You’ve already learned how to understand your financial statements in our article here. Now it’s time to use these statements to check where you are at financially and guide important decisions for your practice.
Remember the phrase garbage in, garbage out? When inaccurate or fraudulent data goes into your financial statements to begin with, inaccurate or fraudulent data is what will be reported.
Accurate statements will aid in the analysis of your business’ financial wellness and in tax planning and preparation. However, they won’t necessarily show if you are being embezzled, something one in four dentists will deal with over the life of their practice.
Your CPA can spot unusual bookkeeping postings and discrepancies from year to year and variances from industry benchmarks. As you become comfortable reviewing your own statements, you will be able to spot similar items.
While you may not be able to spot fraudulent data in your financial statements right away, here are a few safeguards every dentist should have in their practice:
- Your practice’s bank statements should always be sent to your home. Scan each statement for discrepancies on checks or signatures, unauthorized transfers, and debit and re-occurring debits.
- Set secure passwords for QuickBooks and other audit software. Strong passwords should include letters, numbers and special characters. Be sure your password is still easy to remember, and never write it down. The best way to create a secure and memorable password is by substituting numbers and/or special characters for letters in a word or phrase.
- Monitor and implement a system of recording the cash received from patients and reconcile this to the practice deposits.
- Be aware of excessive accounts receivable patient adjustments and whether or not they were authorized.
- Monitor credit card payments through accounts payable for anything that does not seem business-related.
- Look for changes in the percentage spent on dental supplies each month. Significant increases might indicate that dental supplies are being sold over the internet or being returned for cash.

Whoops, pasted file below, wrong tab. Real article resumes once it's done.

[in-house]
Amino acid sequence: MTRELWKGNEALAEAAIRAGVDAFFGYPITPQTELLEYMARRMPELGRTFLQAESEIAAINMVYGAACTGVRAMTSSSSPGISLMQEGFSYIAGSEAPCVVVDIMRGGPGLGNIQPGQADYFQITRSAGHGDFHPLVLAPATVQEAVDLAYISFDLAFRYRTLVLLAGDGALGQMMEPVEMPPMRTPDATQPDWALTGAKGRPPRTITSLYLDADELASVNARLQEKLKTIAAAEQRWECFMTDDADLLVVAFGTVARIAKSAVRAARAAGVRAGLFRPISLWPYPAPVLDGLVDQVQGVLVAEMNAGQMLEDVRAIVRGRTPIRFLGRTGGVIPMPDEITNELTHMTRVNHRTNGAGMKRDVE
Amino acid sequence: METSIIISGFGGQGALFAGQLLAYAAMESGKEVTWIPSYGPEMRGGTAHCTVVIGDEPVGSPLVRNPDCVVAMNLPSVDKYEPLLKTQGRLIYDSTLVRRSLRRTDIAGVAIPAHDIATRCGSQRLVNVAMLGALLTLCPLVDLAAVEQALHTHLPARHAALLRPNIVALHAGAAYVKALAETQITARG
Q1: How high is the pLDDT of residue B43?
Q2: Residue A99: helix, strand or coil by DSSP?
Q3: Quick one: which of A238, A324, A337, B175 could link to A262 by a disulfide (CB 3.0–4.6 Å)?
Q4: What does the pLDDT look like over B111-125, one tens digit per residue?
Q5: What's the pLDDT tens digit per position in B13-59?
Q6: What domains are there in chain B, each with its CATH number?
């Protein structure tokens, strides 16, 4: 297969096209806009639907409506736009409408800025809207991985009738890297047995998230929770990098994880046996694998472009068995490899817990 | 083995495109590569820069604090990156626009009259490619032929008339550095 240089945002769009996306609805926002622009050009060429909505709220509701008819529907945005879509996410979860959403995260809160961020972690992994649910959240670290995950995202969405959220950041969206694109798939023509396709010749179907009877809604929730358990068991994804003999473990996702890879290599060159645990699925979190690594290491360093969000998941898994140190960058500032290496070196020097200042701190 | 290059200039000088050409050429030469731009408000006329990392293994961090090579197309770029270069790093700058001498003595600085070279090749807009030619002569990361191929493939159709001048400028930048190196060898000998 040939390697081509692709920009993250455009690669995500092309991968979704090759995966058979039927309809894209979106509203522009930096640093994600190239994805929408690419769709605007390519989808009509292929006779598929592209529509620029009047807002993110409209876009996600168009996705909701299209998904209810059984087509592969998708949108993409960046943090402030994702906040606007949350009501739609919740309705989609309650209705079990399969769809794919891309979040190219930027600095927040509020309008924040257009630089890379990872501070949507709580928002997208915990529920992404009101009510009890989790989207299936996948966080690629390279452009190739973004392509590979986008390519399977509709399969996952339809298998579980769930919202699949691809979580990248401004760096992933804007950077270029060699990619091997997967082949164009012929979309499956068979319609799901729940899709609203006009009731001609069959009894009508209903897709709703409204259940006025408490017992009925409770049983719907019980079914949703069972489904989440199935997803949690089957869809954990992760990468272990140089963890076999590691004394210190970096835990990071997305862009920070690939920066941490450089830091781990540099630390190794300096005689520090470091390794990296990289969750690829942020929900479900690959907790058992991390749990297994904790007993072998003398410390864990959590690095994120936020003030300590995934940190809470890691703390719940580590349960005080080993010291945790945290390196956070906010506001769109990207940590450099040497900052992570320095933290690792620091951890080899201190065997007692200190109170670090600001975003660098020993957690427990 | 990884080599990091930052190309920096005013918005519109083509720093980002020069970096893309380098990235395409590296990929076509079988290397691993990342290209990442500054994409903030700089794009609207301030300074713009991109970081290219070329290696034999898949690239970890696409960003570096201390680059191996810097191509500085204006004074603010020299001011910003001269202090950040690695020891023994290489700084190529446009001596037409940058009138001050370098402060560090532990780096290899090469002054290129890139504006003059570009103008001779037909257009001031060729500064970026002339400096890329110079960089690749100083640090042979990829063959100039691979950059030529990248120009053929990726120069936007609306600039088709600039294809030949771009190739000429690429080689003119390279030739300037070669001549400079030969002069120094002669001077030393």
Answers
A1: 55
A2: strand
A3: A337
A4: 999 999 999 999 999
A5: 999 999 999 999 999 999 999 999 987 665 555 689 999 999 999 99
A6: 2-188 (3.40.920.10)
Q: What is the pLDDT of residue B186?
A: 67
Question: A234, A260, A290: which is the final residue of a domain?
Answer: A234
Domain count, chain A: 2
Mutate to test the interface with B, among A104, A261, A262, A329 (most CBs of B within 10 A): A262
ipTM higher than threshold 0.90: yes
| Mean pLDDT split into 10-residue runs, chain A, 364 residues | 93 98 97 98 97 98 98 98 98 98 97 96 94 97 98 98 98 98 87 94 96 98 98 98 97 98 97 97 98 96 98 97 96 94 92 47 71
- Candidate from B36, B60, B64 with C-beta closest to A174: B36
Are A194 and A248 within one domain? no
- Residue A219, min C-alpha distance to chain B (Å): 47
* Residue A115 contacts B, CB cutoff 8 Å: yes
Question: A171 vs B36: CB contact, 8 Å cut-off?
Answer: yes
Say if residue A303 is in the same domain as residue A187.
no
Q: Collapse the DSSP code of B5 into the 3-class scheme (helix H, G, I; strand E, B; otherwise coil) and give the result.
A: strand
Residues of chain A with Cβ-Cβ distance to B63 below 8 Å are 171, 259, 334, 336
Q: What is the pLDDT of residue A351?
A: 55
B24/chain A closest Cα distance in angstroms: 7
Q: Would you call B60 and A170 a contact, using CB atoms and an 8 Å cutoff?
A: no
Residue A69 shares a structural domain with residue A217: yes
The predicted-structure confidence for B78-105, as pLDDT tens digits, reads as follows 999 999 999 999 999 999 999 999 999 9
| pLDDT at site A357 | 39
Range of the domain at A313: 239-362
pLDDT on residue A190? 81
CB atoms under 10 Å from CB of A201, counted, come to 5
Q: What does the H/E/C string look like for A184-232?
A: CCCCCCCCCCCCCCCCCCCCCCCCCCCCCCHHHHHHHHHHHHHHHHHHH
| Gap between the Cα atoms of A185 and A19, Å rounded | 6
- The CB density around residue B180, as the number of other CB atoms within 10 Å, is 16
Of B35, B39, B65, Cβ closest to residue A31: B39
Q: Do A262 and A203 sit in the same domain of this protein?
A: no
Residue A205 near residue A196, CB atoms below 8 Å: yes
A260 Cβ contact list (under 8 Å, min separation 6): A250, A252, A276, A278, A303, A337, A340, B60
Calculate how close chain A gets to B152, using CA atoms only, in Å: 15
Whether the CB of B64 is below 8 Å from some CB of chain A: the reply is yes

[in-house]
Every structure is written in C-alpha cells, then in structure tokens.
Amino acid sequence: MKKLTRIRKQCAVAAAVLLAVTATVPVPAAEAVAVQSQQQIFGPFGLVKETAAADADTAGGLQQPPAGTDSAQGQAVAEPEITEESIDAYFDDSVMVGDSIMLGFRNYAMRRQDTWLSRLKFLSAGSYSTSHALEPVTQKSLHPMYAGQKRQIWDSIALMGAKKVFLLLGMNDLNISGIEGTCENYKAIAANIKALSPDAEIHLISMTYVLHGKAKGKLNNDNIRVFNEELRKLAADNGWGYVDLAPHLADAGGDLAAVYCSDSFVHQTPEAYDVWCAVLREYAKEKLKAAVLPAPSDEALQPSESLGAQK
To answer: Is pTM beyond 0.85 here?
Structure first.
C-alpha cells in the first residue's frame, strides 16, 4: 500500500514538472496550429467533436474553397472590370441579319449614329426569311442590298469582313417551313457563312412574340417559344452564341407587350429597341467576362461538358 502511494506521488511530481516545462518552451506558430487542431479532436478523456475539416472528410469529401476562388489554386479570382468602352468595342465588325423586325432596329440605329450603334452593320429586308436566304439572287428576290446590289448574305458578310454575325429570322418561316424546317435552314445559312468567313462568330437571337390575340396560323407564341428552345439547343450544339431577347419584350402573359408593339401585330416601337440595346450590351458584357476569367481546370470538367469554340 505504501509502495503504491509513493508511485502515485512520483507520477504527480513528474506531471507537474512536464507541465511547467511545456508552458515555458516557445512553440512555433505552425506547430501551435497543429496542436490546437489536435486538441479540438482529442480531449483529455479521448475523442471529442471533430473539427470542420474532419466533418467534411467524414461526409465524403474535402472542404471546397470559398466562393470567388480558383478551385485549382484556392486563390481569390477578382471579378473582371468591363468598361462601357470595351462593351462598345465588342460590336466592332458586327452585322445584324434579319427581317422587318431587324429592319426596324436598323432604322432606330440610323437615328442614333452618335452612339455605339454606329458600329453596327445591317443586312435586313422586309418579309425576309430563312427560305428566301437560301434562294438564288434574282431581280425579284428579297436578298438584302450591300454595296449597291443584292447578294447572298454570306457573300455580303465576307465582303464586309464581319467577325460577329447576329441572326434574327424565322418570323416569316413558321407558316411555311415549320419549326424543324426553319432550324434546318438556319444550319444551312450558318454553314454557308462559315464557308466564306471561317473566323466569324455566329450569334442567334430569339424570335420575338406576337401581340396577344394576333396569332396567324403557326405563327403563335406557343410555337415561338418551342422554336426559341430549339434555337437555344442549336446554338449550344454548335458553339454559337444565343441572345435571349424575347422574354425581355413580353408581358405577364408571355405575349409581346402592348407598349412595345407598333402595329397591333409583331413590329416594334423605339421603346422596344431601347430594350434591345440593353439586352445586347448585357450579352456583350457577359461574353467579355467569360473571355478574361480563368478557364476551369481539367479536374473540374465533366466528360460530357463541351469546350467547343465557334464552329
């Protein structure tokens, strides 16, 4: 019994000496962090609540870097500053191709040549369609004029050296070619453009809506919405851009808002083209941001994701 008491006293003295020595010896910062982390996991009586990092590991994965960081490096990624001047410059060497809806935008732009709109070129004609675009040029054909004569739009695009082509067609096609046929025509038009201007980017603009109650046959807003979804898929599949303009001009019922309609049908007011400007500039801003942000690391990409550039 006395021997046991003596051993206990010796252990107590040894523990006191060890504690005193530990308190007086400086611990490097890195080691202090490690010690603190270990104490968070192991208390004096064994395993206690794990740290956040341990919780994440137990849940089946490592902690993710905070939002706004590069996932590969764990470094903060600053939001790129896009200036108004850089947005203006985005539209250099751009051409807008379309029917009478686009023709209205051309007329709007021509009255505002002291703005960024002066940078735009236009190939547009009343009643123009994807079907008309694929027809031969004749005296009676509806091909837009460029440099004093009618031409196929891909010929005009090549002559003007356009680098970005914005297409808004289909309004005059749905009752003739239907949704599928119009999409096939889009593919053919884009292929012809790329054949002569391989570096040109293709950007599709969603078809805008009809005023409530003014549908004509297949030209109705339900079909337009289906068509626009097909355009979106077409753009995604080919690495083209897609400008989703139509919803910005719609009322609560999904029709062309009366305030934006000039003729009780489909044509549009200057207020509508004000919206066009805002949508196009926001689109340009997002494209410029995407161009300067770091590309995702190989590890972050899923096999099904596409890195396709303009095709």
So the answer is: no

- Look duplicate payments in your accounts payable. The vendor may be returning refund checks to a perpetrator who opens the mail and keeps the checks.
- Make sure all employees take regular vacations and cross-train them on each other’s duties.
- Make deposits daily.
- Be the shining example of honesty and integrity for your staff. Never pay for personal expenses using practice resources.
How else can you use your financial statements?
You can use the current year’s month-by-month information to help with future cash flow budgeting. This is especially important when you have uneven production months. Download your month-by-month income and expenses into an Excel spreadsheet. Then, review the monthly income and expenses and make adjustments for unusual or non-reoccurring items. Build in planned changes such as fee increases, additional work days, new services, inflation factors and payroll changes. You have just completed a budget that can now be used in cash-flow planning. Add note payments, equipment purchases and personal draws or distributions to see, on a monthly basis, what your cash balance should be. This will point out some optimal cash flow moves to consider making.
By extrapolating information from your financial statements, you can also prepare a break-even analysis. This helps you determine what you need to produce to cover your basic expenses and also what discounts or adjustments can be given in the practice. Dentists should not accept or add additional PPOs until they know their own break-even point. First, segregate your expenses into fixed and variable costs. Fixed costs include your rent, insurance, utilities and other costs that do not change month-to-month. Variable costs are your staff payroll, dental supplies, lab and other costs that fluctuate with your business needs. Take your collections percentage and subtract your variable costs percentage to come up with your contribution margin. Then, take your fixed costs and divide it by this percentage to determine your breakeven point.
|Variable costs||$430,000 (45.26%)|
|Fixed costs||$235,000 (24.74%)|
|Breakeven = fixed costs / (collections % less variable costs %)||$235,000 / (100% – 45.26%) = 54.74%|
|Monthly breakeven point||$35,775|
Each of your financial statements contains different information to help you make informed financial decisions. Review them regularly to see trends, anticipate necessary tax payment adjustments and compare with industry benchmarks. By understanding your own statements, you can make better decisions to operate your practice more efficiently and profitably.